Evergreen Point Golf Course in Baytown, Texas: An enjoyable golf battleground
BAYTOWN, Texas -- You might argue that Sam Houston, just a few minutes away, had a little tougher test a couple of hundred years ago or so than the golfers do at Evergreen Point Golf Course.
But then again, Sam Houston's battle lasted just 18 minutes. His Texas army killed 630 Mexican soldiers and captured another 730, while only nine Texans died.
That kind of success is certainly possible at Evergreen Point, but play the back tees, and that's probably not going to be the case on this 1995 layout designed by the late Jay Riviere and Dave Marr.
The reason? There's water on 13 holes, including the last seven. Add in a little few mature trees and a loose shot or two, and, well, you get the picture.
Still you can't help but have an appreciation for the surroundings. Getting to Evergreen Point in most cases, especially from nearby Houston, requires passing hundreds of oil refineries, which lends an appreciation to the type of golfer who plays here. But just minutes away is the San Jacinto Monument, erected at the site where Houston led his troops against General Antonio Lopez de Santa Anna's Mexican army to gain independence.
That was 1836. Not too long after, Dr. Ashbel Smith, who was the surgeon general of the Texas Army and friend of Houston's, came to own the 1,000-acre Evergreen Plantation, becoming the largest land owner in Texas at the time.
Fast forward to the mid-1990s. That's when Tim Hazelwood and his family obtained 250 acres from the Ashbel Smith Foundation to build a golf course at Evergreen Point in memory of their mother, Betty Hazelwood. It immediately gave east Houston and the Baytown community a much needed affordable public golf facility.
Today, the course is a favorite spot for tournaments and outings, including Houston City Amateur qualifiers and other amateur events.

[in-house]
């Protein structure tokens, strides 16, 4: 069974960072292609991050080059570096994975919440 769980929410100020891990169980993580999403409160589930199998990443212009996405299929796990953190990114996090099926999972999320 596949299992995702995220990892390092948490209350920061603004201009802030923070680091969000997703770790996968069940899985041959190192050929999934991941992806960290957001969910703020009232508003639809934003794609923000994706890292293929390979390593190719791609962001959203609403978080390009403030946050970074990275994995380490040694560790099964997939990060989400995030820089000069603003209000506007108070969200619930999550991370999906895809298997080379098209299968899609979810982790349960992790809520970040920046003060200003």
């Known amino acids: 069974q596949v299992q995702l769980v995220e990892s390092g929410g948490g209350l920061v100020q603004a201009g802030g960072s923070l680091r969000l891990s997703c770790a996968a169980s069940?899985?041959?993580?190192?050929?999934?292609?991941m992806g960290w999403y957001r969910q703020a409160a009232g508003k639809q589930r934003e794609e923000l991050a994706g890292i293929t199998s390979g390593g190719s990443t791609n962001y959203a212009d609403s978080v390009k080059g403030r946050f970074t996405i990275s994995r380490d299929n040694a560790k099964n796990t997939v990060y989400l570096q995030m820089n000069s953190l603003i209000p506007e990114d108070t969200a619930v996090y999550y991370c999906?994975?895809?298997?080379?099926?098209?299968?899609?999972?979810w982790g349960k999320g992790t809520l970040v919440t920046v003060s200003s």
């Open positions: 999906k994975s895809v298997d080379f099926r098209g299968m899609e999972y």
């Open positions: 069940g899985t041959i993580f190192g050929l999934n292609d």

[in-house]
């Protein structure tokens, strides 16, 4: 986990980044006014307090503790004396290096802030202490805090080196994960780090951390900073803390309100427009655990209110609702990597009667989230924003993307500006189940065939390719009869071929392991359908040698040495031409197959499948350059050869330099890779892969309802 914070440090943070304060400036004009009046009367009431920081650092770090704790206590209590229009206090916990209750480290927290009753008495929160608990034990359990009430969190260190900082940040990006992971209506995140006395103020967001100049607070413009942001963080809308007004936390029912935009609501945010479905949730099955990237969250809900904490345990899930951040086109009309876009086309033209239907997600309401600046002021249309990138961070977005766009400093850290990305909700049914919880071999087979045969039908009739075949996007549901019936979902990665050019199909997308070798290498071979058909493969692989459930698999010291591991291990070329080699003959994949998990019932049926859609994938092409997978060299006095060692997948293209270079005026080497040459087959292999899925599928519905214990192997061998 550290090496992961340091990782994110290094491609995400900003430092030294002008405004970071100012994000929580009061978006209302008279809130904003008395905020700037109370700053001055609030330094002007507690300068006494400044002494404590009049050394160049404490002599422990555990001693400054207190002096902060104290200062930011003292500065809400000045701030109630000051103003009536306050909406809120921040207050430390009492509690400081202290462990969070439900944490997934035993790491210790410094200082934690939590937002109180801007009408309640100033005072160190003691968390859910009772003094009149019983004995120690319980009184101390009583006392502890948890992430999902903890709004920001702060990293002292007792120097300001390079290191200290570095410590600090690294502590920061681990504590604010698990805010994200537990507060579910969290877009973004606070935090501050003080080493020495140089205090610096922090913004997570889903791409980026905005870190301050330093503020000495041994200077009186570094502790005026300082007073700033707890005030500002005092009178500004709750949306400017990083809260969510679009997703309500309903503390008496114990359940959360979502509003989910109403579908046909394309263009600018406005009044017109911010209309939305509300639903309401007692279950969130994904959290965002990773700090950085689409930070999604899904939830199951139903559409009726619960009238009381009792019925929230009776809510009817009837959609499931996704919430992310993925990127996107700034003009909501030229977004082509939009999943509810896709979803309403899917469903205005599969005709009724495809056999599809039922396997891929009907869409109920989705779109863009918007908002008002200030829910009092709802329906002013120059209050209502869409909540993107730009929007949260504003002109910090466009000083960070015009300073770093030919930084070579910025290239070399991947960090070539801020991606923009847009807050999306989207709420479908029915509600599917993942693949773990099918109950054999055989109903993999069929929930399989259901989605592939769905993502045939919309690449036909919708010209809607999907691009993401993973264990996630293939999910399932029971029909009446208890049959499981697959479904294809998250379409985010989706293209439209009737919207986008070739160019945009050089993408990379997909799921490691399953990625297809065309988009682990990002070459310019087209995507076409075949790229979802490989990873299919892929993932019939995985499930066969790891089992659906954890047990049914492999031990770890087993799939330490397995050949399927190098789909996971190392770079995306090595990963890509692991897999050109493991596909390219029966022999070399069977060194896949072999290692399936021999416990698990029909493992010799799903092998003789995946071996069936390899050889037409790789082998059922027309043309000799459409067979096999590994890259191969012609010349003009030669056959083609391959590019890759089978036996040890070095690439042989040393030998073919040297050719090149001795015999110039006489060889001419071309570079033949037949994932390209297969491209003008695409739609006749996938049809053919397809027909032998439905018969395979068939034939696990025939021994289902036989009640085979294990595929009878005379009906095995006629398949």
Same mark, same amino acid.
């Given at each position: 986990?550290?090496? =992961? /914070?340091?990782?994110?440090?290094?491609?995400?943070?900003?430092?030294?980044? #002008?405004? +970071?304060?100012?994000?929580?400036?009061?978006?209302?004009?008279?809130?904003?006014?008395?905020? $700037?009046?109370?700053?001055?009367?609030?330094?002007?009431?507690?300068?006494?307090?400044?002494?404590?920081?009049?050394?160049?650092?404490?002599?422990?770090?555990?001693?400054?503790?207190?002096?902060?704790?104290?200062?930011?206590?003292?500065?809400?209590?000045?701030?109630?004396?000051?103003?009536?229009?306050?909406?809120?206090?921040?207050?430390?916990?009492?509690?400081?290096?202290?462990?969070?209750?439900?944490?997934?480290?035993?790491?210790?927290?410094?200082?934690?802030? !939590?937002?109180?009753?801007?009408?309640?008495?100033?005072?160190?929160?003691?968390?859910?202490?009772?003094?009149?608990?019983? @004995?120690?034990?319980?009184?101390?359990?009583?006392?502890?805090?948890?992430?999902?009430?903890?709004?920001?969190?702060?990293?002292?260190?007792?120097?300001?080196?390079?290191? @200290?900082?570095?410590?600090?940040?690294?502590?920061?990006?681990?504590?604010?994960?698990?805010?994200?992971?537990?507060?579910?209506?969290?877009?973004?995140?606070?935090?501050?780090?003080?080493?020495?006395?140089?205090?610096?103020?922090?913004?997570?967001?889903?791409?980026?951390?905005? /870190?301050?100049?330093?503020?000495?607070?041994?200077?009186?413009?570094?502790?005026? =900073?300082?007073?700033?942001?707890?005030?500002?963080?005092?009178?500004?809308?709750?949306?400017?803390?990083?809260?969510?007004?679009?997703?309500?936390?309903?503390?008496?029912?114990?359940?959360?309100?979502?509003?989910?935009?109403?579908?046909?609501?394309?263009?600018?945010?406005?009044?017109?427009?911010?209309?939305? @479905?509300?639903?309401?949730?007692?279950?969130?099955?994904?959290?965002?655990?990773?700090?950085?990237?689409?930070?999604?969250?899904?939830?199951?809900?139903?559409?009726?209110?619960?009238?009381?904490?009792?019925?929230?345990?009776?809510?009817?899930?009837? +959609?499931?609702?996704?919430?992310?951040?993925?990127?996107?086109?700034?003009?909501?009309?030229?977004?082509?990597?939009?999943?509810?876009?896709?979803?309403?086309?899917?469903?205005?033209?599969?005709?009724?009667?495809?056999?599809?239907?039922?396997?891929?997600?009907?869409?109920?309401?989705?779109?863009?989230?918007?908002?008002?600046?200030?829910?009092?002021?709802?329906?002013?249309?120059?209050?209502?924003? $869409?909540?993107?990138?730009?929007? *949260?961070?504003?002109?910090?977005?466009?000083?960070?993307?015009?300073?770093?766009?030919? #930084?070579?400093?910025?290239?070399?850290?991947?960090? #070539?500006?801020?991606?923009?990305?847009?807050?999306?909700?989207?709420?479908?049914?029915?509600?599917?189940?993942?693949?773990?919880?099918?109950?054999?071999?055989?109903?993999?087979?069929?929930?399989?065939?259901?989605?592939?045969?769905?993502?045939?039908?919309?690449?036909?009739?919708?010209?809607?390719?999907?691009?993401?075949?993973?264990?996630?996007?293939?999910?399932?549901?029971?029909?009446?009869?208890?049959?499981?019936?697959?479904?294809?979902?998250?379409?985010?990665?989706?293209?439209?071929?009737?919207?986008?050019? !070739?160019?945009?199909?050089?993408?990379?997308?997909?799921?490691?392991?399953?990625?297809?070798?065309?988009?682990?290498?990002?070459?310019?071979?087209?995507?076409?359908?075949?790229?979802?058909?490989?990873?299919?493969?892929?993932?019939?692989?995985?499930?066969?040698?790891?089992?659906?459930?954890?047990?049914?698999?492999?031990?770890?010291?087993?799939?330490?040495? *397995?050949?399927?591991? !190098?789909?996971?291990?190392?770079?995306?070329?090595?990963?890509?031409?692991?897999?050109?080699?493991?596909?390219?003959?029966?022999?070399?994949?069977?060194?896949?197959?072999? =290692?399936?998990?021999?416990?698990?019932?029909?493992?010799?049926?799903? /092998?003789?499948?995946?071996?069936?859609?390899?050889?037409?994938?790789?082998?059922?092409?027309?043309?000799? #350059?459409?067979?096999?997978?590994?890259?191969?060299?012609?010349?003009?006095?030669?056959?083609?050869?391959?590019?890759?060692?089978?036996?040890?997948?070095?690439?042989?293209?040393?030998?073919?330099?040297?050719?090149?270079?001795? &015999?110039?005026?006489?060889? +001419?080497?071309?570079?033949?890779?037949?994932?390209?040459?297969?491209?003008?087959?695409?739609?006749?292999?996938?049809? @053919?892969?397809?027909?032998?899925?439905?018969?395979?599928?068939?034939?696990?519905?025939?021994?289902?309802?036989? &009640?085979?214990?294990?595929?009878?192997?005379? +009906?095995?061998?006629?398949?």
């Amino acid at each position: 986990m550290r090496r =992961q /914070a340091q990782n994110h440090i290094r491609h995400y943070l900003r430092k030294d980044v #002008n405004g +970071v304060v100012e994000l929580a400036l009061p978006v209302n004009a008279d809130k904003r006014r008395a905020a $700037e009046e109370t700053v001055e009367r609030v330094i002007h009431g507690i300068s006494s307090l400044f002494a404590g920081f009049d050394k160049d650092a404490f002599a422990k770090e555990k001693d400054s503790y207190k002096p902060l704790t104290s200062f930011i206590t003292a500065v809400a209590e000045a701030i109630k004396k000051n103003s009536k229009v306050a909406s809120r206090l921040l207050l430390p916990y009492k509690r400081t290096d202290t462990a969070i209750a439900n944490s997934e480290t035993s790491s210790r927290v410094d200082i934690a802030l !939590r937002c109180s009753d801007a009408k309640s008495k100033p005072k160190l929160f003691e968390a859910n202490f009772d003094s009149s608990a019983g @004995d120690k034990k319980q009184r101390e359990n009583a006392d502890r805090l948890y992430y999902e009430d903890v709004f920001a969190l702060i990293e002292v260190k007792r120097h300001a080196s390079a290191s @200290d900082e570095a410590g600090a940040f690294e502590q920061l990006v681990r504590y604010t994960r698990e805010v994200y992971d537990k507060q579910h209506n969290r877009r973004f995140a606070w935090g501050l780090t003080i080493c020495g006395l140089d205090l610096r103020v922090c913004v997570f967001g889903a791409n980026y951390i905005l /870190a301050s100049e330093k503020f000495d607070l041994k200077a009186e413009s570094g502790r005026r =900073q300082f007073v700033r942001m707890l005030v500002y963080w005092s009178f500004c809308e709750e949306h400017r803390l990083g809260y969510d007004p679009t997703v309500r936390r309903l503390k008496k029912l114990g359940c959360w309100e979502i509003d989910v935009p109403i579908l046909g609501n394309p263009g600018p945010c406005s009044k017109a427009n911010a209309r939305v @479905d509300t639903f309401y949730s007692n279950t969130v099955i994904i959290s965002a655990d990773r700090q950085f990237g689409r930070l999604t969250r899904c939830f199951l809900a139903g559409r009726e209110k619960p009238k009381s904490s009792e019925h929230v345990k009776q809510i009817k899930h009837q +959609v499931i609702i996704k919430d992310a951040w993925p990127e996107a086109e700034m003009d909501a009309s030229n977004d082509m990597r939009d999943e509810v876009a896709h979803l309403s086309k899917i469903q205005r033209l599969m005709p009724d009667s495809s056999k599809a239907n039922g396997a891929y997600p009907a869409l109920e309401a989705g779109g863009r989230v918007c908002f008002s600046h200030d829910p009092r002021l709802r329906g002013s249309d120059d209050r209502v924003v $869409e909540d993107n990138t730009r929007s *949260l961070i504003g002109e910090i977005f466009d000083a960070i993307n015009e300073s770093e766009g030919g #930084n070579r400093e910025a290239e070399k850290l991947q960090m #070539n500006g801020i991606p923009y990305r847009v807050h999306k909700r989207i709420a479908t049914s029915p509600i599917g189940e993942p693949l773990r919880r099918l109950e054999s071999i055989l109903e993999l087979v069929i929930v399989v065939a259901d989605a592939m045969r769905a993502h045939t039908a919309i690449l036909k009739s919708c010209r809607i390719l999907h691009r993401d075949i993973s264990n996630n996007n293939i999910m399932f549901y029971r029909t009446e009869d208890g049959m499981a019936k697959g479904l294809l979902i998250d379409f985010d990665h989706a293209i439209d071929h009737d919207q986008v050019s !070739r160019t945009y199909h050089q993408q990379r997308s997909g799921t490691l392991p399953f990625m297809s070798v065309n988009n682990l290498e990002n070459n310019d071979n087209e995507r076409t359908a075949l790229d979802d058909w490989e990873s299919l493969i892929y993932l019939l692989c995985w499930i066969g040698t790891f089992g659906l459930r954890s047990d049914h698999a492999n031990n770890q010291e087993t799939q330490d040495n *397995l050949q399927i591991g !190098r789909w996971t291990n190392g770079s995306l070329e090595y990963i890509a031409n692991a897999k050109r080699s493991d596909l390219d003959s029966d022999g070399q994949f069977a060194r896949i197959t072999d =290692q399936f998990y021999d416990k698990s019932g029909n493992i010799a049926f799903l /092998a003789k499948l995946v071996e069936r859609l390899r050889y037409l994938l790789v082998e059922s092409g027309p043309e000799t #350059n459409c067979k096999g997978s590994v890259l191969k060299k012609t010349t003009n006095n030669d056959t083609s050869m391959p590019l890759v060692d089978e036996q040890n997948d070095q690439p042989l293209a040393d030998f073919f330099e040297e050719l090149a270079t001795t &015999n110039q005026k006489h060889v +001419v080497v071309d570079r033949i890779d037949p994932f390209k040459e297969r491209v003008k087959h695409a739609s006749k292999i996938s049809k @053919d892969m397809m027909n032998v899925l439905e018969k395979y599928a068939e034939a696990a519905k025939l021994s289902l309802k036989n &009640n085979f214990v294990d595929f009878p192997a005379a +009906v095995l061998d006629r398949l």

Navigating around the water at Evergreen Point
Even if you play it from the back tees at 6,969, Evergreen Point isn't overwhelmingly difficult. With a rating/slope of 73.4/138, it's more than fair, and you can certainly miss shots in the right places.
Move up a set, as the Tee It Forward campaign suggests, and you've got a chance to score as the rating goes down to 70.2 at just less than 6,400 yards. (There are four sets of tees, playing as short as 5,298 yards.)
Ironically, the toughest hole on the course isn't one of the water holes. It's no. 3, which plays 469 yards from the back and 419 yards from the white tees. More than length, what makes it tough are the mature oaks, pines and magnolias that guard the fairway and the length of the hole. A couple of large bunkers also front the green.
By the time you get to four, though, you have to worry about the water as it comes into play on the next five holes.
When you get to the par-5 10th (the par 5s are generally reachable in two by better players but do come with significant risk), you have to keep your tee shot right or you can find a lake in the corner of this dogleg right.
Twelve is arguably the course's signature hole. The approach plays over a pond that fronts the green. There's also water to the right of the green and a scenic cart bridge to the left.
The no. 2-handicap hole at Evergreen Point is the 422-yard, par-4 18th. You can't see the green from the tee, and the approach plays over yet another pond with water and a fountain also right of the hole.
Evergreen Point Golf Course: The verdict
Evergreen Point Golf Course is basically an everyman's golf course. Conditions are always pretty good; it drains pretty well, especially considering the lack of altitude, and staff and owners are welcoming.
Inside the facility's large clubhouse is a well stocked golf shop, plenty of big screens for sports, and good variety of snacks and golf-course food.
The facility also has excellent practice facilities with a full grass range, short-game area and putting green. Lessons are available.
So if you're looking for a fair test at a fair price, you can't go wrong at Evergreen Point G.C.
September 24, 2013